Science Highlights

A new algorithm reduces timing uncertainty by a factor of 300, revealing ultrafast dynamics on timescales as short as a quadrillionth of a second.05.02.16Science Highlight

Creating a Better Way to Find Out “When”

Computer algorithm recovers histories and dynamics on timescales much faster than uncertainties inherent in experimental data. Read More »

Energy filtered image of CoFe2C rods showing the carbon elemental map (left). Theoretical image of the CoFe2C structure showing the frontier molecular orbitals (right).04.30.16Science Highlight

Small and Powerful: Pushing the Boundaries of Nano-Magnets

Newly discovered particles behave as powerful magnets that, one day, could change data storage. Read More »

Selective etching of palladium (blue) from palladium-platinum core-shell nanoparticles (left) yields hollow platinum (grey) nanocages with high activity for the oxygen reduction reaction.04.30.16Science Highlight

Hollow and Filled with Potential

Hollow shape-selected platinum nanocages represent a new class of highly active catalysts. Read More »

Researchers discovered how green fluorescent proteins (center) react with water (shown around the edges of the protein).04.30.16Science Highlight

New Insight on a Familiar Glow

A new approach to investigating green fluorescent protein provides a vital tool for unraveling molecular-level details of processes important in biology and light harvesting for energy use. Read More »

This results demonstrate a temporal resolution sufficient to directly image chemical reactions.04.30.16Science Highlight

Capturing Molecular Motion with Relativistic Electrons

The world’s fastest images of nitrogen molecules rotating in a gas were captured using electron diffraction. Read More »

The orange carotenoid protein of cyanobacteria binds a single carotenoid pigment molecule that may dissipate excess light energy when it moves within the protein.04.30.16Science Highlight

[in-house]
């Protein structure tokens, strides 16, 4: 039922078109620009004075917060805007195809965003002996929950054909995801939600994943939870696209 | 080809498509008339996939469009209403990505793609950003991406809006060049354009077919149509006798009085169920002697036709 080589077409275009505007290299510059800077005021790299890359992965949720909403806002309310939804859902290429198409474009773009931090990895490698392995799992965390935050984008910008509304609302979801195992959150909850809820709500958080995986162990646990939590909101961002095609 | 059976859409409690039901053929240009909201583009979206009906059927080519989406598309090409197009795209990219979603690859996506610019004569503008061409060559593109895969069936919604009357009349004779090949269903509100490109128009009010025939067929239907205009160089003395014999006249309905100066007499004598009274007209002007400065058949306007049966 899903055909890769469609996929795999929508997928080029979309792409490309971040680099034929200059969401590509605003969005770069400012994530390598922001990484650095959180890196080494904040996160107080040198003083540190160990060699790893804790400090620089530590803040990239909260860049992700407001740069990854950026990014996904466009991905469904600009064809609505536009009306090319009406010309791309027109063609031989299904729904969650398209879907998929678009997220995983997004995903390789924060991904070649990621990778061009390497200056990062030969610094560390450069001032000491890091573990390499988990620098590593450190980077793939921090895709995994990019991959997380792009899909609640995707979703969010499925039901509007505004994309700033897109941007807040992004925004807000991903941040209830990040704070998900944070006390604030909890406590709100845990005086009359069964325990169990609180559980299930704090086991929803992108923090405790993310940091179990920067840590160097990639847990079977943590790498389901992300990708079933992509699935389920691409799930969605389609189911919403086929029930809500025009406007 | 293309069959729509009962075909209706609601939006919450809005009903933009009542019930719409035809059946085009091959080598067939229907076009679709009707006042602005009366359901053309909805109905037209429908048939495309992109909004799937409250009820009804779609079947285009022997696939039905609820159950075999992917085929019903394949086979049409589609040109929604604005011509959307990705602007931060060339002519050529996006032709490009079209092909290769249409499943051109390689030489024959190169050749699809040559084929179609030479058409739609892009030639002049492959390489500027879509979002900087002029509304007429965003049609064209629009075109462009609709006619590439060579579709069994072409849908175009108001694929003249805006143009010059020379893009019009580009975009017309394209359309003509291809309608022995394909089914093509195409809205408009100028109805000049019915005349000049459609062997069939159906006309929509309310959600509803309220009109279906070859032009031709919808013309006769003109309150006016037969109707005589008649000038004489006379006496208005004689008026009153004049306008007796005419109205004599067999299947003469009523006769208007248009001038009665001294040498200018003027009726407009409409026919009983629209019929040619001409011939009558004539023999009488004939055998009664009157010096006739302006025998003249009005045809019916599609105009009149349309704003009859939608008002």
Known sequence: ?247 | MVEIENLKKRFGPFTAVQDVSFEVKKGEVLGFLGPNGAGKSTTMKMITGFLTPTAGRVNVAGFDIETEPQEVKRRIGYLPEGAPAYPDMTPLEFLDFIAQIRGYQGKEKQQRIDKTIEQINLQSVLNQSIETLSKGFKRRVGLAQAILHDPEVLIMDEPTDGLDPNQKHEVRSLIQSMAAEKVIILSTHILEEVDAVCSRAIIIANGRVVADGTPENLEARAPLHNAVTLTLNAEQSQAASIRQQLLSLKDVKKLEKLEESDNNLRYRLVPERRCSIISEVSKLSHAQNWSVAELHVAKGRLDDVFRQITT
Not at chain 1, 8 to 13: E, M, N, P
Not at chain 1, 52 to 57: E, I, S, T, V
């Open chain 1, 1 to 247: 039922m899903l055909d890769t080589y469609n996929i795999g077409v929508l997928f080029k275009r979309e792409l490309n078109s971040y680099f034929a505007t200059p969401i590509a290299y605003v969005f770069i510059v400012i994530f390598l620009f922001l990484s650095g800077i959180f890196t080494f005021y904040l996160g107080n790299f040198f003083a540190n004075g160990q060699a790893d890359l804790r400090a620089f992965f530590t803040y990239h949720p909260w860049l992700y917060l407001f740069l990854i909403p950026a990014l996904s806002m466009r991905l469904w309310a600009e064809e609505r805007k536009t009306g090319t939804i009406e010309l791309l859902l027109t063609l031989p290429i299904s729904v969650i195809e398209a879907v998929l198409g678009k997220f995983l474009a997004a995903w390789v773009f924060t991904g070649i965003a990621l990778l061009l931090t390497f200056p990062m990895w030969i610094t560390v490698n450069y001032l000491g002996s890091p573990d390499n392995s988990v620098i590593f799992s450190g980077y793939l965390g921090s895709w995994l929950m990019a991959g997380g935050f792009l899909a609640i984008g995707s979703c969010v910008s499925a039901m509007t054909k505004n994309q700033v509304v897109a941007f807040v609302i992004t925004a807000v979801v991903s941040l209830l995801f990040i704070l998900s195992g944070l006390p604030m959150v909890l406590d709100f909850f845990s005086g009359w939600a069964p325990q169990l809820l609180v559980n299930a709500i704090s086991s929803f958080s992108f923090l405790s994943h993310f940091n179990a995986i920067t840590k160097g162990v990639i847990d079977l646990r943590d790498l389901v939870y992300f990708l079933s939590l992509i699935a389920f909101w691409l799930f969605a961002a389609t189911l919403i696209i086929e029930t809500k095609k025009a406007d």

Changing Colors for Built-in Sunblock

Molecular movements triggered by light redirect the flow of energy through photosynthetic cells to protect them from sun damage. Read More »

Adding a water molecule to the positively charged protactinium dioxide ion results in hydrolysis, or water splitting.03.31.16Science Highlight

Rare Meets Common: Reacting Protactinium with Ubiquitous Water Explains an Elemental Oddity

Reactions with this extremely rare element could reveal previously unknown trends, benefiting studies of new nuclear reactor fuels. Read More »

Electron energy loss spectroscopy.03.31.16Science Highlight

Problem Turned Into Performance for Solar Cells

Boundaries between crystalline grains - usually detrimental - can also boost charge collection in hybrid solar cells. Read More »

Nanostructured sheets created using microwaves are envisioned here on an electrode surface for the hydrogen evolution reaction (green circles are molybdenum atoms, yellow circles are sulfur atoms).03.31.16Science Highlight

New Microwave Synthesis Technique Produces More - Affordable Hydrogen

Scientists synthesize what could be a low-cost, earth-abundant material that splits water to make hydrogen fuel. Read More »

MD simulation shows membranes with an asymmetric molecular distribution of about 0.6 nm; yellow = gold; red = organo-thiol ligand molecules.03.31.16Science Highlight

Janus-like Nanoparticle Membranes

Sub-nanometer molecular asymmetry between the two different faces of nanoparticle membranes formed at air-water interface is revealed. Read More »